March 13, 2014
Even with advances in technology, competition from rising nations and the ever-constant shadow of globalization looming over students’ shoulders, one key component of education has remained constant in the curriculum of schools across the nation: communication.
On campus, core courses and required electives such as AP English Language and Composition and Lovejoy Leadership (Speech and Communication Applications) and electives such as Journalism and Debate provide students with the skills necessary to become effective communicators in today’s world. For AP English Language, students gain opportunities to learn skills that prepare them for college and beyond.
“The skills that come forth from this class are especially beneficial, especially in college,” AP English Language teacher Jasen Eairheart said. “It teaches you to think, and it has a strong writing component.”
In addition to communicating information, AP English Language also teaches students to be informed perceivers of information in their daily lives.
“[In AP English Language], we also use media, such as advertisements and letters,” Eairheart said. “Every day we are constantly surrounded by media, whether it be music, a speech or even a love letter, and we try to get every single nuance out of it possible.”
Beyond writing research papers and rhetorical analyses, students in AP Language also learn to share their ideas and convince others.
“With writing we also look at persuasion and argument,” Eairheart said. “There will always be conflict in which you have to get your point of view across in the most effective ways possible.”
Aside from traditional English and communications courses, students in courses such as history, government, psychology and even biology are required to read and analyze texts, communicate through timed writing assignments and major research papers, possess adequate public speaking skills to present projects to classmates and engage in a debate over a particular subject area through a Socratic seminar.
“[AP English Language] helps students with college in general, because every professor wants his or her students to be able to think and write already,” Eairheart said. “[AP Language] is one of the most, if not the most, beneficial courses, holistically, to help get students through college. In college, there were very few classes where you don’t write, in my experience. I had to write essays for science, history, psychology, and social science classes. I think my math class was the only course that did not require a writing assignment.”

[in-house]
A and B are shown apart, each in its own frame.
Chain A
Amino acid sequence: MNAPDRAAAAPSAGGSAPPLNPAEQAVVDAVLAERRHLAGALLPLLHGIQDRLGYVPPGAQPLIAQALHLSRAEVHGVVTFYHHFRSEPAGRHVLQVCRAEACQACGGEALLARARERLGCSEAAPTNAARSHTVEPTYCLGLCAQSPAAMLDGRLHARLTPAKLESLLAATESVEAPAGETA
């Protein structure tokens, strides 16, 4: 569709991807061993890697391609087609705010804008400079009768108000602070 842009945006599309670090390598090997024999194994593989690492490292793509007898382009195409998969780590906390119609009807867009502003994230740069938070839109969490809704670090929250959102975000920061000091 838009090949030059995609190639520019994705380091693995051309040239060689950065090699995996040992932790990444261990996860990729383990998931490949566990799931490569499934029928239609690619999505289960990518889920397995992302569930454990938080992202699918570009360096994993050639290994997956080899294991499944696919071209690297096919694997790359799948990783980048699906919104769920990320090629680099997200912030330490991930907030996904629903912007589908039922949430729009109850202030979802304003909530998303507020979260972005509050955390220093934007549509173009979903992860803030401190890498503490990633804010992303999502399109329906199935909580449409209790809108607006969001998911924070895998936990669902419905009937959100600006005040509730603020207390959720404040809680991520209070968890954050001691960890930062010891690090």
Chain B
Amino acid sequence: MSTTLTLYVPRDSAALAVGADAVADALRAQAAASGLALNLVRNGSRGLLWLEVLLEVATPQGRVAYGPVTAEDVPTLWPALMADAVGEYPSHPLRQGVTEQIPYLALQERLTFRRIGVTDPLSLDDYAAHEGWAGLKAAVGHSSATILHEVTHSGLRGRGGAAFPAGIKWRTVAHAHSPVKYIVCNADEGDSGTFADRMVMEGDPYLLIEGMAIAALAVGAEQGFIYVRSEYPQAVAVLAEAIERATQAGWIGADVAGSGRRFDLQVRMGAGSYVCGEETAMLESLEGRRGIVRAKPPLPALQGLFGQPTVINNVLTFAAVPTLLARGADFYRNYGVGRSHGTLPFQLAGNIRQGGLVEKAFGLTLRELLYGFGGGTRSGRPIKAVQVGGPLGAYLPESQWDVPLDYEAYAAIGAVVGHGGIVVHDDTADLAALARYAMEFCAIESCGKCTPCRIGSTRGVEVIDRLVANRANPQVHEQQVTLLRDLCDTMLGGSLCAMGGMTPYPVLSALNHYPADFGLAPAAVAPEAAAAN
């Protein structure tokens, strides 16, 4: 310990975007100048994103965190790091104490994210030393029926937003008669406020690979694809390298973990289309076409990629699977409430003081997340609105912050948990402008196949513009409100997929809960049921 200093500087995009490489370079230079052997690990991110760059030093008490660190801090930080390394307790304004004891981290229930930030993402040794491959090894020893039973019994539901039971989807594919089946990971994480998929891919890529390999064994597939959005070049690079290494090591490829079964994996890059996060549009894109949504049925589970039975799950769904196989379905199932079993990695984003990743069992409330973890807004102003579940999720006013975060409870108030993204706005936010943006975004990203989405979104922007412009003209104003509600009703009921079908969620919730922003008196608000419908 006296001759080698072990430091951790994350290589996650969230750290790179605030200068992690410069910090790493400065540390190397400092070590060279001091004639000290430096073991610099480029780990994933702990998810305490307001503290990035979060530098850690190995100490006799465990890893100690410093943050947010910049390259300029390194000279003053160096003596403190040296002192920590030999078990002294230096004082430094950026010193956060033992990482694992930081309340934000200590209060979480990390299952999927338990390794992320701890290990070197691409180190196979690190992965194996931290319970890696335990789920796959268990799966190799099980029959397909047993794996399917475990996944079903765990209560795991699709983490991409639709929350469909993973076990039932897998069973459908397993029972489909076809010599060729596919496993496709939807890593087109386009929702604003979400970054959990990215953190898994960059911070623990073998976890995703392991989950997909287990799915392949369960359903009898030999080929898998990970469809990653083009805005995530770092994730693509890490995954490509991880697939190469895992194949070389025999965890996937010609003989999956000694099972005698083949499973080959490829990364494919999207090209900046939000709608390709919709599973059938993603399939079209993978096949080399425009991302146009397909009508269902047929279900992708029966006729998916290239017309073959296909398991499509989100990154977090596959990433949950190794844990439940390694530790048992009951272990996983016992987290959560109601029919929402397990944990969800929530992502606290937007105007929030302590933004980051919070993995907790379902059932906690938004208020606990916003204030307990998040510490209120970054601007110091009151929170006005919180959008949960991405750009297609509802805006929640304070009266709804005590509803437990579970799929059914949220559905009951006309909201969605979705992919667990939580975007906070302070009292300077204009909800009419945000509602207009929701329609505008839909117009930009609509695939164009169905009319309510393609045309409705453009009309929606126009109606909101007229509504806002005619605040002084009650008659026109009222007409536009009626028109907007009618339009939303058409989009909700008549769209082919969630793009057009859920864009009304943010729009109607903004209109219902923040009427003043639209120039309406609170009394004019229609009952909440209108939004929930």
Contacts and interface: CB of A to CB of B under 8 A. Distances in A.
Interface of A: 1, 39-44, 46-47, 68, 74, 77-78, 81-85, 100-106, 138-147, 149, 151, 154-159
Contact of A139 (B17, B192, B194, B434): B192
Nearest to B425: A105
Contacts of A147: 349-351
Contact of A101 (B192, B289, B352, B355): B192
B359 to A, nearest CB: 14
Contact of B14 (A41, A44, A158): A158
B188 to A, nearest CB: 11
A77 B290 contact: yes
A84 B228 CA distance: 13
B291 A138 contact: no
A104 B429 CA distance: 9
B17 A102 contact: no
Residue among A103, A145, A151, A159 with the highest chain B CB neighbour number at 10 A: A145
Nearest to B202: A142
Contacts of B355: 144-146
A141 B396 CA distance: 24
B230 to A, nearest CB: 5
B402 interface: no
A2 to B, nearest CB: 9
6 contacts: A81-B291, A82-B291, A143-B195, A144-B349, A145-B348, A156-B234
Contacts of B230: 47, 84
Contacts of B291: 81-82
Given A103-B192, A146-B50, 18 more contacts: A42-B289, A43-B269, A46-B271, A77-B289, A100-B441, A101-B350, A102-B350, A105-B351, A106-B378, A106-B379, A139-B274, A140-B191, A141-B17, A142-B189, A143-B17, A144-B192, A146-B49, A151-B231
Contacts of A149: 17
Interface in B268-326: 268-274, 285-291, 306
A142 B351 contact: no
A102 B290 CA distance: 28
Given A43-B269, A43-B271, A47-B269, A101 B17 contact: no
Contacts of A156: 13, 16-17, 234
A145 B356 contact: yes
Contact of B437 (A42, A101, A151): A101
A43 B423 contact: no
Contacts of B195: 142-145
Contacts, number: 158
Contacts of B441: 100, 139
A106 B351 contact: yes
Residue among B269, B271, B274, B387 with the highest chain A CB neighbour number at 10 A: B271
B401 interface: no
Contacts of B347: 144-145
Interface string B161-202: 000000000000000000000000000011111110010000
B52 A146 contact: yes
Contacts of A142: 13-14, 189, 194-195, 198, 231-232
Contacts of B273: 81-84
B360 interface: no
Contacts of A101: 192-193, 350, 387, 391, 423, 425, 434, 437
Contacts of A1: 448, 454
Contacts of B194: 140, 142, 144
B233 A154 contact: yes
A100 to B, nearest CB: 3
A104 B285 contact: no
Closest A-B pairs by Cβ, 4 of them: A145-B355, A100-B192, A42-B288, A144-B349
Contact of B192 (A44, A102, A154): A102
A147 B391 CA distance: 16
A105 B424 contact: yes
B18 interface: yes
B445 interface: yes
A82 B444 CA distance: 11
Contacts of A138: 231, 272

Another opportunity on campus for students to strengthen their communication and speaking skills is through the Speech and Debate team.
“Debate has helped me learn to be confident speaking in front of large groups of people, whether it be just your judge and observers or many people at a tournament,” junior Abby Orr said. “When I have to give a presentation in front of many people for school, it is helpful to know how to speak clearly without getting nervous.”
A variety of journalism courses on campus, such as newspaper production, allow students to gain practice writing news articles, editorials, features and columns that help teach them to develop effective written communication skills.
While some students participate in journalism programs to eventually go into the field, other students participate in journalism in high school and college to go into a wide range of fields including public relations, politics, government and law, blogging, social media management for companies, marketing and advertising, website design, technical and informative writing for companies and products, health education and communications, sports reporting, and grant writing and fundraising for nonprofit organizations, all which are supported by a foundation in the journalism field.
Nearly every career, however, can benefit from the writing, critical thinking, technological, leadership and investigative skills instilled through a journalism education, leaving endless professional opportunities for journalism students.
“Whether it’s yearbook, newspaper or broadcast, these classes prepare students for what it’s like to have a career in today’s world,” newspaper and broadcast adviser Brian Higgins said. “Whether it’s learning how to communicate clearly to a wide variety of audiences or working as a team on deadline, advanced journalism classes help prepare students for a multitude of career options as these classes do more than simulate a work environment; they are a work environment.”